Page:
NaNoWriMo 2014- JOIN ME!

NaNo2014I’ve said it before, and one time before that as well, and oh that other time too. Anyway, I’m sure I’ll say it again. It’s almost November. And that means another rousing month of writing. Just writing until we puke, and the words on the page mean nothing anymore.

This year, I don’t expect to hit 50,000 words. Not only am I just creatively tapped (and tired,) I don’t have the time! But I’m not giving up. I may not “win” this year and be able to call what I write a full novel, but that doesn’t mean I can quit.

2014 marks my fifth year of participating in NaNoWriMo. My first two attempts, I was not a winner. The last three years though, I’ve written 50,000 word novels. And no one can take away the gratification this gives me. I earned that winner title.

Do you want to feel like a winner? Do you have a story to tell? Isn’t it about damn time you finally did it?

Now is the moment, my friend. Take up your pen, your paper, your word processor, your coffee mug and writing totem and finally become the novelist/author/wordsmith you’ve always known you could be if only you had the time/patience/right idea/incentive/muse, etc.

The conditions for writing will never be “right.” You will never be able to rent that cabin in the woods and finally pen your memoirs in absolute solitude. When you do finally take that seaside vacation with the gorgeous views of the Italian Riveria, you sure as hell won’t stay indoors Kerouac-ing away on a typewriter. And no matter which dank, gritty bar you slide into in Switzerland with notebook and favorite pen in hand, that book isn’t going to get written…unless you start right now.

At your desk at work, stealing moments from your employer to pen a chapter about the main character tracking down the bad guy with nothing to go on but a hunch. While your daughter’s soccer practice commences, scribbling an outline for the story arc that ends with the heroine dying a hero by saving the puppy from the railroad tracks. With sopping wet hands from dirty dish water as you grab a second to jot down an idea that came to you while scratching last night’s lasagna out of the casserole dish with the handle of a spoon about how the murderer scooped out the eyeballs of his newest victim before leaving him to be found by your protagonist.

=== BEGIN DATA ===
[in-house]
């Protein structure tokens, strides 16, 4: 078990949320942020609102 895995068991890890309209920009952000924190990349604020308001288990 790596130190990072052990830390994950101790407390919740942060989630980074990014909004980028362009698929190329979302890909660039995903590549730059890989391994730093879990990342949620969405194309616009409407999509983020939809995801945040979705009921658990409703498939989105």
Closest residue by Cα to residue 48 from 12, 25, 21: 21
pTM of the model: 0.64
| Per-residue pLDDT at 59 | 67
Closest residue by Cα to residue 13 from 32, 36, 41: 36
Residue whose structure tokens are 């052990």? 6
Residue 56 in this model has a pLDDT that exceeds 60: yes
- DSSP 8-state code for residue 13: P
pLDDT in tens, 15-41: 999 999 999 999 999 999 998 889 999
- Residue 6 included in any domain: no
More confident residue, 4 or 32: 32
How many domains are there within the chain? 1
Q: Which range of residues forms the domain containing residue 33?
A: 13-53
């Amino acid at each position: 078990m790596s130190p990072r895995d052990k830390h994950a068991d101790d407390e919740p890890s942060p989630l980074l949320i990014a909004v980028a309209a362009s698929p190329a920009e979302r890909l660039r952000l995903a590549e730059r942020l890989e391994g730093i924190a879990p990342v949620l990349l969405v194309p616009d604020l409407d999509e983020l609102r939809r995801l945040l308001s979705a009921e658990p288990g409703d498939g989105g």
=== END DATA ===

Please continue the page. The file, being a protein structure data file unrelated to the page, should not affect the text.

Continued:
Those are the moments that get books written. And the sooner you come to terms with the less than glamorous way that books are born, the sooner you can get over yourself and write one. If you can find a seat on the bus for that 20 minute commute, you can write a book. If you can put off binge watching all of the previous seasons of American Horror Story before launching into the newest one, you can finally write your own honest-to-God American (or Japanese or German or whatever) horror story. Excuse yourself from the next pressing social obligation by telling your buddies that you are writing a book, dammit.

You can write a novel.


As writers.

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